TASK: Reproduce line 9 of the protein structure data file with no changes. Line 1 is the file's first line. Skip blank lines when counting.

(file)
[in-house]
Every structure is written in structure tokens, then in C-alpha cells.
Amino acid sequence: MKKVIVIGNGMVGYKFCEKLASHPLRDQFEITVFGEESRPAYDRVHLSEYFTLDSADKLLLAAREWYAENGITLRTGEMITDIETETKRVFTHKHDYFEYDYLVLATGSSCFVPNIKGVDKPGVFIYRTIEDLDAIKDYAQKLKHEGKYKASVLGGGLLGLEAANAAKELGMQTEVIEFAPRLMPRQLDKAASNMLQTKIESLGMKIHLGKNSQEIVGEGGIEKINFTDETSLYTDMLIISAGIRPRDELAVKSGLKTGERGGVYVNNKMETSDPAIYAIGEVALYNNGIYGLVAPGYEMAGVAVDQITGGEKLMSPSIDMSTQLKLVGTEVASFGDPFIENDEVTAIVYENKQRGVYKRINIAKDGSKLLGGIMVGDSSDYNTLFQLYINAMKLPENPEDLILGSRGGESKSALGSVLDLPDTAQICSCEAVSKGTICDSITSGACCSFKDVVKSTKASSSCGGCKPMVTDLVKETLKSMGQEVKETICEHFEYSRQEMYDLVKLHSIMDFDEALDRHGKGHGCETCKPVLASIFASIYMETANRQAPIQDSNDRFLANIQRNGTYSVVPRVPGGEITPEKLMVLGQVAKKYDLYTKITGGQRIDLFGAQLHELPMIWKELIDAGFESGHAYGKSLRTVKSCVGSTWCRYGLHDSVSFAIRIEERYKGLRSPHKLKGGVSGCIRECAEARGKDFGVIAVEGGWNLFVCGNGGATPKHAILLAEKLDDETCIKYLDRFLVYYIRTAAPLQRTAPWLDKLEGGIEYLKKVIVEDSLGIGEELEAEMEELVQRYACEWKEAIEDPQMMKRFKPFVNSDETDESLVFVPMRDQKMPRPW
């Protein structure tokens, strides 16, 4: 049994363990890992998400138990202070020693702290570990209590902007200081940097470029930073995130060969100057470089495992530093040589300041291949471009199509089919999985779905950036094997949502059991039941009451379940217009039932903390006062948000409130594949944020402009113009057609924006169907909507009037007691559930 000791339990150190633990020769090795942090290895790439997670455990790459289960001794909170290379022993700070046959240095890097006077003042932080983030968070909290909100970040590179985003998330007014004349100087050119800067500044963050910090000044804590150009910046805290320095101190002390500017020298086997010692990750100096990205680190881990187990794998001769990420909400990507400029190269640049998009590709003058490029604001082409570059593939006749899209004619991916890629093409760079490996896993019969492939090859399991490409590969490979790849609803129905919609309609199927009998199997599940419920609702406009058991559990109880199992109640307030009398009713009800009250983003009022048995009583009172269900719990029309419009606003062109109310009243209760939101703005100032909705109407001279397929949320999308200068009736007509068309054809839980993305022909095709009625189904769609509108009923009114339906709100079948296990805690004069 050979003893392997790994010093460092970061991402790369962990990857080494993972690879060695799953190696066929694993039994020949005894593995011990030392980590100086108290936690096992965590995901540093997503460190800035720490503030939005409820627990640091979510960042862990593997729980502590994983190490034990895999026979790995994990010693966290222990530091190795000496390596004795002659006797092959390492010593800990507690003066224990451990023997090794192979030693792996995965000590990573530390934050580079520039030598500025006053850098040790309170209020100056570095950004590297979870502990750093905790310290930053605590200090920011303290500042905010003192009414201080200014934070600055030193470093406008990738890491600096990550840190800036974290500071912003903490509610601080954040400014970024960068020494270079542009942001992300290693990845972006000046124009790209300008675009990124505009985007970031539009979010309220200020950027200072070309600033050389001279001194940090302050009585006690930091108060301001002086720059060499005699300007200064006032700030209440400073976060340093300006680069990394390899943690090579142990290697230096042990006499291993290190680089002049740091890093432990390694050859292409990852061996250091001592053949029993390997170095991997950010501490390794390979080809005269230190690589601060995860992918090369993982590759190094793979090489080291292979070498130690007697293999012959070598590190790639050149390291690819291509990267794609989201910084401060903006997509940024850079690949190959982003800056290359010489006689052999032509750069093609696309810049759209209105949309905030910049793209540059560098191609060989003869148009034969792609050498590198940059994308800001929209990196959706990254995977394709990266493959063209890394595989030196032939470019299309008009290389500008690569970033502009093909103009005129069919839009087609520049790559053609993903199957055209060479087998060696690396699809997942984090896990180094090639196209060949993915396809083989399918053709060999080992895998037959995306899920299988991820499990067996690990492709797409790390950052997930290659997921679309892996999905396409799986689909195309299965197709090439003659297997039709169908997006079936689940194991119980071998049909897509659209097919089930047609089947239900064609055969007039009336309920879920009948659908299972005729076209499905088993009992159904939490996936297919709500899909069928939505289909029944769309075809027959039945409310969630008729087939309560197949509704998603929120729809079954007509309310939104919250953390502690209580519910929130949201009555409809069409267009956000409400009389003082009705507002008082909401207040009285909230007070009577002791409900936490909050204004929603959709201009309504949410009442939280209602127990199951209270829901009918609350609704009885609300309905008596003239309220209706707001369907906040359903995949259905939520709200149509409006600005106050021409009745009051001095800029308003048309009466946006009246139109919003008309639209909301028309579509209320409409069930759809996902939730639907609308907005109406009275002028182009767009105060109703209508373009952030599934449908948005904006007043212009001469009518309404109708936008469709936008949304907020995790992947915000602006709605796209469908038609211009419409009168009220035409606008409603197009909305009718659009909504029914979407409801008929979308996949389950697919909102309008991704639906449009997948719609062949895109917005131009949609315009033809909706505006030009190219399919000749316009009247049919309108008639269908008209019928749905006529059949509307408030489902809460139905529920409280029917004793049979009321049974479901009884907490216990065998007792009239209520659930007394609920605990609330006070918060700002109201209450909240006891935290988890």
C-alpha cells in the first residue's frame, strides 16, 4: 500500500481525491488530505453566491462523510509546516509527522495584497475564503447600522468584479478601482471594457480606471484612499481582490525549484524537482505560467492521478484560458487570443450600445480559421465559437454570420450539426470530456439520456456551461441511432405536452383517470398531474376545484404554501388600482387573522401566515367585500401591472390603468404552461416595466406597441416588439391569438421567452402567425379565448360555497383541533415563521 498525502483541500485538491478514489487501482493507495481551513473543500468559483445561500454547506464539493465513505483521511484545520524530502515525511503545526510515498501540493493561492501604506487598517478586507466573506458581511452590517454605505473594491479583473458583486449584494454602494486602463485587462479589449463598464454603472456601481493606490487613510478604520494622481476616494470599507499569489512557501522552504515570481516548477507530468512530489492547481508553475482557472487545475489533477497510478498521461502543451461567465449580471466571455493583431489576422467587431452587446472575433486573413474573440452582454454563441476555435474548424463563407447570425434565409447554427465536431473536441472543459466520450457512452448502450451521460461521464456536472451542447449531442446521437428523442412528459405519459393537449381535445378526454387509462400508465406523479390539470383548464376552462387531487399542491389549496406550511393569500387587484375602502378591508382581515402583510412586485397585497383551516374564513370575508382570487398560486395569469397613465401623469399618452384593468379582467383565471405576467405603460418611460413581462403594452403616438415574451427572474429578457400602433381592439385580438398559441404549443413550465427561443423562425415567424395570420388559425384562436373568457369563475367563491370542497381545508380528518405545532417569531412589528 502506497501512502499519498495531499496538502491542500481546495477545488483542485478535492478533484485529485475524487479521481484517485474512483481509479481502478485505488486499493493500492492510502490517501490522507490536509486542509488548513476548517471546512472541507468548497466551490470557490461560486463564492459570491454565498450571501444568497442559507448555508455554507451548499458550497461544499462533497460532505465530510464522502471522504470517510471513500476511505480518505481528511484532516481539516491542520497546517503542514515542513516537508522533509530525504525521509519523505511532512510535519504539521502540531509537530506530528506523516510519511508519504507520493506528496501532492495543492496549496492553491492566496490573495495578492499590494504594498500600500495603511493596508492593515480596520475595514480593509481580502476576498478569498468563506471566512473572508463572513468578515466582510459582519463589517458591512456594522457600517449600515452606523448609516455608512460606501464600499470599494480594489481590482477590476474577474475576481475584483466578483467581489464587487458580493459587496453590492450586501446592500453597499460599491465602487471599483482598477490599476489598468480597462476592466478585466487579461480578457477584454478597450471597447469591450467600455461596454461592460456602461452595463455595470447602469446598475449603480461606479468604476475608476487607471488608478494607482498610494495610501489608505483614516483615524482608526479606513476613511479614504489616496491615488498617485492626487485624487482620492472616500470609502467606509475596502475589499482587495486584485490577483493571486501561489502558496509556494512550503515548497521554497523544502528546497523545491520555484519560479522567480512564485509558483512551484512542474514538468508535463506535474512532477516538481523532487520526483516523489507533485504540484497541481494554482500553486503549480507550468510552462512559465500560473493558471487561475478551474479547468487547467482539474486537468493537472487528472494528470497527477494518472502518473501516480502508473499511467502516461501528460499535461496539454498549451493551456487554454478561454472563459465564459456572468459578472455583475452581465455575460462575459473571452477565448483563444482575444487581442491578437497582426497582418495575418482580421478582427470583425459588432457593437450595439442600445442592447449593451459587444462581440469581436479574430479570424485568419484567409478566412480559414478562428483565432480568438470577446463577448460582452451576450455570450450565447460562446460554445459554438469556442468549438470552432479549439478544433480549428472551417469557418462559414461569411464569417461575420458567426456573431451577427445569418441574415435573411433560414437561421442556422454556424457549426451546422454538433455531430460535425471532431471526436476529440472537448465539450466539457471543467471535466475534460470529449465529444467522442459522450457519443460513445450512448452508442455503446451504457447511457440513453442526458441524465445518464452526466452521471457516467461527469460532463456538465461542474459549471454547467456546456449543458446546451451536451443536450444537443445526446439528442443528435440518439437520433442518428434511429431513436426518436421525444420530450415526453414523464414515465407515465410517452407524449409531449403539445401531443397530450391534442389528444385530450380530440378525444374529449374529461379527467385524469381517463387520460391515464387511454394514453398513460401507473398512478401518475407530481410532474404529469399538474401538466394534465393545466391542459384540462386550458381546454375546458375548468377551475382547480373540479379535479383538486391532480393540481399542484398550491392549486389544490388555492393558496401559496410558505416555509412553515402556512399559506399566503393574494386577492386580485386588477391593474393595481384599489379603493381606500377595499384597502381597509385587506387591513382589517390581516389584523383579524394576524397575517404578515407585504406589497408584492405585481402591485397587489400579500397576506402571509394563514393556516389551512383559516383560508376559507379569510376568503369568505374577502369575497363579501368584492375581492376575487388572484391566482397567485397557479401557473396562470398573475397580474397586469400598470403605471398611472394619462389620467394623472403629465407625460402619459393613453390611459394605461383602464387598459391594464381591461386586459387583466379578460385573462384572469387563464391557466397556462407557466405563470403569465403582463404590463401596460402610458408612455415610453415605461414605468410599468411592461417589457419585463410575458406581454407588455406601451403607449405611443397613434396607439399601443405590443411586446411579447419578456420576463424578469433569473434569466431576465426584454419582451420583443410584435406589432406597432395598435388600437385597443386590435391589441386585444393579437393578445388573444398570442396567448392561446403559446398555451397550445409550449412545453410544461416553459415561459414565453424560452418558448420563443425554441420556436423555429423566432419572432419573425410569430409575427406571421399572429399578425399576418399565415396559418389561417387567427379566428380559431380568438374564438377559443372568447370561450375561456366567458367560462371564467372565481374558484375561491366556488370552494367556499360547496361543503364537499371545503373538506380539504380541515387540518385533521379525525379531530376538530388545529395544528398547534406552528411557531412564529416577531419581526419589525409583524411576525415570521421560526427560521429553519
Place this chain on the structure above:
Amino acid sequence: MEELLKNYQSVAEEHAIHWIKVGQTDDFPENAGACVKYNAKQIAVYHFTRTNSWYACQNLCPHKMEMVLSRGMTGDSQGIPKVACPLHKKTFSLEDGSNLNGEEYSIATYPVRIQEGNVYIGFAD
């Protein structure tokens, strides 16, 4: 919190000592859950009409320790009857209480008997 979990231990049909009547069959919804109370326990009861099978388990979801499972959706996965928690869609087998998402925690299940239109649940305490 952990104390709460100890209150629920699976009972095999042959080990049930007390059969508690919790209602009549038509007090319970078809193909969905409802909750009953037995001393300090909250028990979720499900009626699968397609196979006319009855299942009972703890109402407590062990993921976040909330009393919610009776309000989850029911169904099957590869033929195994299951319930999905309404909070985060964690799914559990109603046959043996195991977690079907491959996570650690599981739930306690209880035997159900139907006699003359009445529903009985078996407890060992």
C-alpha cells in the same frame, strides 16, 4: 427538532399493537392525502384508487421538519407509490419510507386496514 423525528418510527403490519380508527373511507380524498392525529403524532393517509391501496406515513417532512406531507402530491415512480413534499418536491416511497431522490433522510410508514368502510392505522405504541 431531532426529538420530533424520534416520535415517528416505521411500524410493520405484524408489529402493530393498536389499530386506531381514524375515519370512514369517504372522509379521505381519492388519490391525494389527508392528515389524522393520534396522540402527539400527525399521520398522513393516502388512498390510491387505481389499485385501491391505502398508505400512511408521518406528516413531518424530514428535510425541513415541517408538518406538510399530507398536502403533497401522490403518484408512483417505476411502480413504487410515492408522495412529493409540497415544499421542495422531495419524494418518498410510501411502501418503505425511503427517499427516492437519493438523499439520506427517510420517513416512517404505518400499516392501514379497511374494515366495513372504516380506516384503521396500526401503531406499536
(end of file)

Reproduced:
C-alpha cells in the same frame, strides 16, 4: 427538532399493537392525502384508487421538519407509490419510507386496514 423525528418510527403490519380508527373511507380524498392525529403524532393517509391501496406515513417532512406531507402530491415512480413534499418536491416511497431522490433522510410508514368502510392505522405504541 431531532426529538420530533424520534416520535415517528416505521411500524410493520405484524408489529402493530393498536389499530386506531381514524375515519370512514369517504372522509379521505381519492388519490391525494389527508392528515389524522393520534396522540402527539400527525399521520398522513393516502388512498390510491387505481389499485385501491391505502398508505400512511408521518406528516413531518424530514428535510425541513415541517408538518406538510399530507398536502403533497401522490403518484408512483417505476411502480413504487410515492408522495412529493409540497415544499421542495422531495419524494418518498410510501411502501418503505425511503427517499427516492437519493438523499439520506427517510420517513416512517404505518400499516392501514379497511374494515366495513372504516380506516384503521396500526401503531406499536